LAUSD is right to say ‘no’ to Jamie Oliver

Posted on | January 17, 2011 | 5 Comments

Schools are for kids, not celebrities.

When a parent drops a child off at school, he or she is entitled to a small set of reasonable expectations. These include: 1) That their child will be educated. 2) That school meals will be available if the child does not bring a packed lunch. 3) That the child will not be exploited.

Item one is not going well. Item two happens, if not to the standards that some would wish. Item three includes keeping out child molesters and celebrities who view the world as background.

That British TV chef Jamie Oliver has arrived in Southern California preaching the gospel of healthful eating is fine. The city has plenty of pulpits, but the cafeterias of public schools are not among them. If he wants to help the school district improve its meals, then it would have been politic and orders of magnitude more sincere of him to offer to donate his expertise to the meal formulators, while leaving the cameras in the studio. Camera crews do not feed kids twice a day, every weekday, nine months out of 12. They do distract classes. ABC does not pay for school meals, taxes do. Most importantly, children at schools are not TV extras, they are kids. As kids, they deserve protection.

LA Weekly reports that Oliver describes his series as a “documentary.” Maybe by Golden Globe standards, but it’s a documentary about him. ABC’s Food Revolution is not News Hour. An ABC casting call includes it with The Bachelor, The Bachelorette, Wife Swap and Take the Money and Run. If the school district wants Oliver in, it would have to arrange it in a way that didn’t disrupt classes, respected the privacy needs of students and acknowledged real-world cost constraints.

As it happens, it has elected not to turn its cafeterias into a TV studio and it’s entirely within its rights. Oliver says, “In my country [England], it would be illegal.” Really? Show me the canon of English law that assures reality TV programs access to school lunchrooms.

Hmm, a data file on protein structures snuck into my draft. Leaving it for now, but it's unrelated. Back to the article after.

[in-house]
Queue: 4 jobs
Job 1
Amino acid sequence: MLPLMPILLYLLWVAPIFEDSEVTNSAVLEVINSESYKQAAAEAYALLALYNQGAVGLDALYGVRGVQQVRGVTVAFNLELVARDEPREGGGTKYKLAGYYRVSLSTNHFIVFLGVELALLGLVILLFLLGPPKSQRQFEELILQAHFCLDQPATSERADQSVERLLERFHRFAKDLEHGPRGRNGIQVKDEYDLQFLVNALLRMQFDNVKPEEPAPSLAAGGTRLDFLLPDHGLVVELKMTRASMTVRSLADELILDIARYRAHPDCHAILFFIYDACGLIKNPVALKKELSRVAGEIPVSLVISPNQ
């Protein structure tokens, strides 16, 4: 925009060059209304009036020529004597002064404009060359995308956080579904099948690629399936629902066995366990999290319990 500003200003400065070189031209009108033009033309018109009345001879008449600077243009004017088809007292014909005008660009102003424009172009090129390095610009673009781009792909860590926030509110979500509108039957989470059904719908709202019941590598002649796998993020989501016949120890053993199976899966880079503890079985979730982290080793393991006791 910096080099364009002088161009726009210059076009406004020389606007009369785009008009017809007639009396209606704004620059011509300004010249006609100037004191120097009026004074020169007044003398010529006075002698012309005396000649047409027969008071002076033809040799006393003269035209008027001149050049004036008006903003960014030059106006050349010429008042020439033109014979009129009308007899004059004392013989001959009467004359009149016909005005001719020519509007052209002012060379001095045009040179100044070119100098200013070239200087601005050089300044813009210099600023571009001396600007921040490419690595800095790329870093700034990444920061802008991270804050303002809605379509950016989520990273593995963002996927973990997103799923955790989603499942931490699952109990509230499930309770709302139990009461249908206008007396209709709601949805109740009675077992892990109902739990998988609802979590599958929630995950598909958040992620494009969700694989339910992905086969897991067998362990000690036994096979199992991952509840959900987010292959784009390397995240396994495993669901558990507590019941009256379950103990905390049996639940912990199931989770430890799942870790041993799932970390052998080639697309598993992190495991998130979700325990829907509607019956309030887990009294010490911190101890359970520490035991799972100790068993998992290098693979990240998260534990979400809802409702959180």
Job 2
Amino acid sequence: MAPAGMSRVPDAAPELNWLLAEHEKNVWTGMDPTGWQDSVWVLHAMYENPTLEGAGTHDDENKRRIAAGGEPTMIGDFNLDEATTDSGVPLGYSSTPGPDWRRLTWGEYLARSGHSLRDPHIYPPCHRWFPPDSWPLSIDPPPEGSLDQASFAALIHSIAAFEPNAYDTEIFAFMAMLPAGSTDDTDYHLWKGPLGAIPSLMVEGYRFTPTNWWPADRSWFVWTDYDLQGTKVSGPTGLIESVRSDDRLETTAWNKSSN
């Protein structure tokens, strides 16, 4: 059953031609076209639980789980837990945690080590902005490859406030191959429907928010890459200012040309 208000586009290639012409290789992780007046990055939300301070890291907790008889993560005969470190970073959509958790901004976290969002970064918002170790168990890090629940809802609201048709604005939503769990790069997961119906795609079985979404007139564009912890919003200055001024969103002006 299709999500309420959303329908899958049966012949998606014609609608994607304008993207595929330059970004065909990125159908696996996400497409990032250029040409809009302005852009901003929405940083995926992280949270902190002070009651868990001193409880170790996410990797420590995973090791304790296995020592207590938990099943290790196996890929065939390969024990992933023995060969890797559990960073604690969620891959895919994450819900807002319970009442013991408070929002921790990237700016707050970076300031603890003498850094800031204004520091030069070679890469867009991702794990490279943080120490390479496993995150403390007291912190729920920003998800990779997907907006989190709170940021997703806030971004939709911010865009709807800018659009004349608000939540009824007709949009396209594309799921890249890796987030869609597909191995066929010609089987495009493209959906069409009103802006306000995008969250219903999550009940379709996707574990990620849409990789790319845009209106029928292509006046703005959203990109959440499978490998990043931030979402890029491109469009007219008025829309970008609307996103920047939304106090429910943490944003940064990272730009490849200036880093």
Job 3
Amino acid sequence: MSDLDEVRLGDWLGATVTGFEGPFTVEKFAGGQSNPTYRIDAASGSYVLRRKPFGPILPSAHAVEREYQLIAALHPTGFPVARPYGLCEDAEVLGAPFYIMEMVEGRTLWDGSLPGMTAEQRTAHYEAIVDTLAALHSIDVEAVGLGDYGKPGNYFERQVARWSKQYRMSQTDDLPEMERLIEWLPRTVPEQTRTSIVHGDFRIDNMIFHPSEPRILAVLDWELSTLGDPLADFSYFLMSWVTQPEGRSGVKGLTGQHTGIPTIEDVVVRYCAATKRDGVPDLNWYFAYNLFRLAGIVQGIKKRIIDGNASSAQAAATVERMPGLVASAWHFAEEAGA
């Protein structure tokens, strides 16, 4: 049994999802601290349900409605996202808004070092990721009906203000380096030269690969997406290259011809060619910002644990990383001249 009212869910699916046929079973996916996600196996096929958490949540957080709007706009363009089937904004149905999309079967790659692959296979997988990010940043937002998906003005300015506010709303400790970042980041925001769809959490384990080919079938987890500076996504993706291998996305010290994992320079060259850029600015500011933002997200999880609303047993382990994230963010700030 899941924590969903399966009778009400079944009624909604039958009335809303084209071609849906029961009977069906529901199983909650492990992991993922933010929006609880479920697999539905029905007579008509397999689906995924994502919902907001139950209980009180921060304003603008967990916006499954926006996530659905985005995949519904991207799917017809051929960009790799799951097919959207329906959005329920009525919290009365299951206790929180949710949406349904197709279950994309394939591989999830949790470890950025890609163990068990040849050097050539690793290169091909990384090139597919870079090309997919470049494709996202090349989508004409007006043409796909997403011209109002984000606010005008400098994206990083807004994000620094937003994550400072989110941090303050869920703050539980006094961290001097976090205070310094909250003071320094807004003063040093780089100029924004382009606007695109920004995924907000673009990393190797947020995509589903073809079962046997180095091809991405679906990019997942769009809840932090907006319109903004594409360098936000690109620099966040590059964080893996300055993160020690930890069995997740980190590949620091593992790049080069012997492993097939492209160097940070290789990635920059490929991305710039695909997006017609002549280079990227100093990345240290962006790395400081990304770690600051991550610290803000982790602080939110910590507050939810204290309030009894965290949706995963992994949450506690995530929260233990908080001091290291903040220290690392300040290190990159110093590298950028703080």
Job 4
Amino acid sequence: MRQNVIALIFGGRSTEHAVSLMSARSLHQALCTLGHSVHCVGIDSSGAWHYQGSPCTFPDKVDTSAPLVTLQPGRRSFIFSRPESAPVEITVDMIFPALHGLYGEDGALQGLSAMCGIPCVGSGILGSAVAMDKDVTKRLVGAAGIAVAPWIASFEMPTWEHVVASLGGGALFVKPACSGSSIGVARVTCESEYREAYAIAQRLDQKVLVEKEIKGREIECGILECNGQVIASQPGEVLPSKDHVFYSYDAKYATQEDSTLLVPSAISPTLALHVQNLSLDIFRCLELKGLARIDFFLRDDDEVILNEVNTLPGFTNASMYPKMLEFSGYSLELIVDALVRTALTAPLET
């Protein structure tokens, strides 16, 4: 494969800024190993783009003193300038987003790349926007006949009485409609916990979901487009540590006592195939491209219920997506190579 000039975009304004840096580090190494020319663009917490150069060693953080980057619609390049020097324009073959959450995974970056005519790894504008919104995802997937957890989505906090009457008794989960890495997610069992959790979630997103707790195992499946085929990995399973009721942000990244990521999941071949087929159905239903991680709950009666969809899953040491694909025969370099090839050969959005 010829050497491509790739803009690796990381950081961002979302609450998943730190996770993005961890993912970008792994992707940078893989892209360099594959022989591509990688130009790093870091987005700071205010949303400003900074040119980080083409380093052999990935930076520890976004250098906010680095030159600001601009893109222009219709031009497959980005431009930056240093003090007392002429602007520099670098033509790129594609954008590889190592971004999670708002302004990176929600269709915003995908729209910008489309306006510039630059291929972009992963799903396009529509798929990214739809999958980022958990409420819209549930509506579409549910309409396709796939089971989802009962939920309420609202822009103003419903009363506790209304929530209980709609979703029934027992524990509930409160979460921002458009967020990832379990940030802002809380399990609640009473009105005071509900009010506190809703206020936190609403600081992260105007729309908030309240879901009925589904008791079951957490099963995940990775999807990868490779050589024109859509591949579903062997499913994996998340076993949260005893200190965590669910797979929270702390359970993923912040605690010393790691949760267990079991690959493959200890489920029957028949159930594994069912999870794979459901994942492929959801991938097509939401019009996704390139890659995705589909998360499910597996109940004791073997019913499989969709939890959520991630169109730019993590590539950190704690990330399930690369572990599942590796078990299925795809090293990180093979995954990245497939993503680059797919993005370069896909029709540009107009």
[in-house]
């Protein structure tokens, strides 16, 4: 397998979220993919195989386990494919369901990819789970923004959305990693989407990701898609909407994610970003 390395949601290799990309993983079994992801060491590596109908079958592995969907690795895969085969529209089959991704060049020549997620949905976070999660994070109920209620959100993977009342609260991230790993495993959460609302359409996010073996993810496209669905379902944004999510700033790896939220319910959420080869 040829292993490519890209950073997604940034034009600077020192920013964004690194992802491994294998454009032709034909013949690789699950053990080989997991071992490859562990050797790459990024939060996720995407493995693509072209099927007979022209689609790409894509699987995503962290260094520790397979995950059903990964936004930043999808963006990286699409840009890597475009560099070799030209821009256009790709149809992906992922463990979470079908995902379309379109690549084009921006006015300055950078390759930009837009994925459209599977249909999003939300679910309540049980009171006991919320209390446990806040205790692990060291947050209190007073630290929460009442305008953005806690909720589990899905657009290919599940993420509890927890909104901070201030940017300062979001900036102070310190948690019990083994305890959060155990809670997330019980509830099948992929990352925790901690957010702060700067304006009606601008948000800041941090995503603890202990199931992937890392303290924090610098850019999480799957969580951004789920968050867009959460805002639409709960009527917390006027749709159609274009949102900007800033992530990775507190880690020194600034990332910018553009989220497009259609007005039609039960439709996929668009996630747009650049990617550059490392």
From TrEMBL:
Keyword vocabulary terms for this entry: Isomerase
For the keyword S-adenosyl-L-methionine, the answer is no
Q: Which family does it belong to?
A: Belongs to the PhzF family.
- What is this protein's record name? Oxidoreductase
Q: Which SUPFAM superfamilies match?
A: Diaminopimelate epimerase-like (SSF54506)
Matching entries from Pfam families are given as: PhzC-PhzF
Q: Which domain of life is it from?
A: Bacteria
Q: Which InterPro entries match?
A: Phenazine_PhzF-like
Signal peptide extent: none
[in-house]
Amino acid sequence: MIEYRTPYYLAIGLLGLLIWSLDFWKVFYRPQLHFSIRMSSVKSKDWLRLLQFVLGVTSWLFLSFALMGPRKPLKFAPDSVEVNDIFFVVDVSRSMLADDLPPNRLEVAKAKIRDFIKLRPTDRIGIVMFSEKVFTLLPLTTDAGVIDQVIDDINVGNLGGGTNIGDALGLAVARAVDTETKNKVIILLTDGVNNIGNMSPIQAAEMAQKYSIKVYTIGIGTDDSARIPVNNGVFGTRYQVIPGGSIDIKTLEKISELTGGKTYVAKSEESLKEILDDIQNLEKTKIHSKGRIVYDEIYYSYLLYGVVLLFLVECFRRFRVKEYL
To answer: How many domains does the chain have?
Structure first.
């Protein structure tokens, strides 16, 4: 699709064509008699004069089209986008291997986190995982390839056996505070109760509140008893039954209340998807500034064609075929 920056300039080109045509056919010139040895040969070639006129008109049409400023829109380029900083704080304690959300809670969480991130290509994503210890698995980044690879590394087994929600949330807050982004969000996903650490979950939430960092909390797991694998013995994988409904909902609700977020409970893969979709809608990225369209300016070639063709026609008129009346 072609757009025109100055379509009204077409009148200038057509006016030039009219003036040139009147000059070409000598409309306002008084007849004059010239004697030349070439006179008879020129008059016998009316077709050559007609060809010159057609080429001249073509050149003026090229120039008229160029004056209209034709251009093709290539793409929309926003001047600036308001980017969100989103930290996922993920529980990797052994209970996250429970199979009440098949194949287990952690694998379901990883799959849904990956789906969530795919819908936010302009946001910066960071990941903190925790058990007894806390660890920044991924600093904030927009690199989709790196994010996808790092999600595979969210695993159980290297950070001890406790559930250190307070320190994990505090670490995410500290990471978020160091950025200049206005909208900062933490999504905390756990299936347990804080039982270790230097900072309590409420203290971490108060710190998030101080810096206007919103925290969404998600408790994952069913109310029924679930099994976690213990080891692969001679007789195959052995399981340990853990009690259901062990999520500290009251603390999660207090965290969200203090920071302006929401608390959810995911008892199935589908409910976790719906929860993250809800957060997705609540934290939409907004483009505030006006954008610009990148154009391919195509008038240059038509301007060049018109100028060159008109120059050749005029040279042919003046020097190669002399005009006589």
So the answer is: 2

Given his backing from fashionable and wealthy quarters, along with his new Westwood headquarters, maybe Oliver should try Crossroads, or Oakwood, or Harvard Westlake, or some other high-toned private school. Surely the elite parents of students there wouldn’t mind ABC filming their kids eat.


Comments

5 Responses to “LAUSD is right to say ‘no’ to Jamie Oliver”

  1. Eric Lindstrom
    January 18th, 2011 @ 6:17 pm

    Ahmen.

  2. Robert Millar
    January 19th, 2011 @ 3:17 pm

    Emily, where the fuck did this come from? You know damn well that Crossroads would NEVER allow such a thing to happen with its students.

    Where, oh where, did that last paragraph come from?

    Robert

  3. EmilyGreen
    January 19th, 2011 @ 4:28 pm

    Are you accusing me of facetiousness? If you are, then you are right. I am aware that parents of children in the region’s elite private school would be unlikely to countenance Jamie and his cameras filming their kids eat. You will find that this attitude changes when they are asked to consider Jamie and his cameras filming the children of urban poor fed in public school lunchrooms.

  4. Robert Millar
    January 19th, 2011 @ 5:01 pm

    you were being facetious?

    oh, nevermind.

  5. Jim
    April 13th, 2011 @ 9:42 am

    Thank you!!! I thought I was the only one that thought Jamie Oliver is full of “not so healthy food.” I didn’t get a chance to watch the whole show last night, but from what I saw of the show and of the previews for next week, it has more to do with Jamie Oliver Celebrity Chef than if actually has to do with long-term, sustainable and systemic changes. But the latter doesn’t get ratings.

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